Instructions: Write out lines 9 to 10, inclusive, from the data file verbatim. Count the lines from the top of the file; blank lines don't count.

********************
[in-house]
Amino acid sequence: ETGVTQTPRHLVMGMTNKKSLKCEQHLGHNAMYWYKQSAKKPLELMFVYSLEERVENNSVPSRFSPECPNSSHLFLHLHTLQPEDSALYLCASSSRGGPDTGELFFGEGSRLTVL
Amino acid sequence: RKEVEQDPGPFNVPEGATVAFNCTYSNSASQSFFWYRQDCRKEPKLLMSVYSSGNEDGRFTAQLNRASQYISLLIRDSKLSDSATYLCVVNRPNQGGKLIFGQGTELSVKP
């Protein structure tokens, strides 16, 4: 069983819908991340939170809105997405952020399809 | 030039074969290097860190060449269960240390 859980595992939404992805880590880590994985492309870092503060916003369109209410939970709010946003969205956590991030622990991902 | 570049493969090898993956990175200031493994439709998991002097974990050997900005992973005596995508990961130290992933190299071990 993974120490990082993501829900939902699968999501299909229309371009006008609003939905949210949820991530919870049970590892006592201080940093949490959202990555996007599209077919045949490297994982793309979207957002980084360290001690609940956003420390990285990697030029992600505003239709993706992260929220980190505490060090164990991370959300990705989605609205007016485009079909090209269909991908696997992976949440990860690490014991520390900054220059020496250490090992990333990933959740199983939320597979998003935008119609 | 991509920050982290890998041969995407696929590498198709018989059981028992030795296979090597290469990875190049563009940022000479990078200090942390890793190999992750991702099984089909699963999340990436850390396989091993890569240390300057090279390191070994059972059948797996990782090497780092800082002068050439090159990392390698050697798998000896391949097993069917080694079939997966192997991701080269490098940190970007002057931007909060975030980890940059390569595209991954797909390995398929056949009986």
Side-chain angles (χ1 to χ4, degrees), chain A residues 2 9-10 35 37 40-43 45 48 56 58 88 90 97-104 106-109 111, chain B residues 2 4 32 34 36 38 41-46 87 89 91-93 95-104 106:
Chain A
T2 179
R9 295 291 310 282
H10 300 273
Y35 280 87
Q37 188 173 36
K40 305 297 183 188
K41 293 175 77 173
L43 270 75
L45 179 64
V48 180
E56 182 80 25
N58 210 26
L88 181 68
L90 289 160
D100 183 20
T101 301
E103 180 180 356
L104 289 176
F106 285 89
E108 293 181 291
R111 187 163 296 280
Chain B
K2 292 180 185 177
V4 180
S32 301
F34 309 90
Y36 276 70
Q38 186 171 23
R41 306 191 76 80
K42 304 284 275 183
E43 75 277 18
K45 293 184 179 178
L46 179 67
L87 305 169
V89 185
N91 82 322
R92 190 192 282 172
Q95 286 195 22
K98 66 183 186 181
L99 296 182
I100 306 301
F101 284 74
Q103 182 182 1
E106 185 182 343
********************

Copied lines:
H10 300 273
Y35 280 87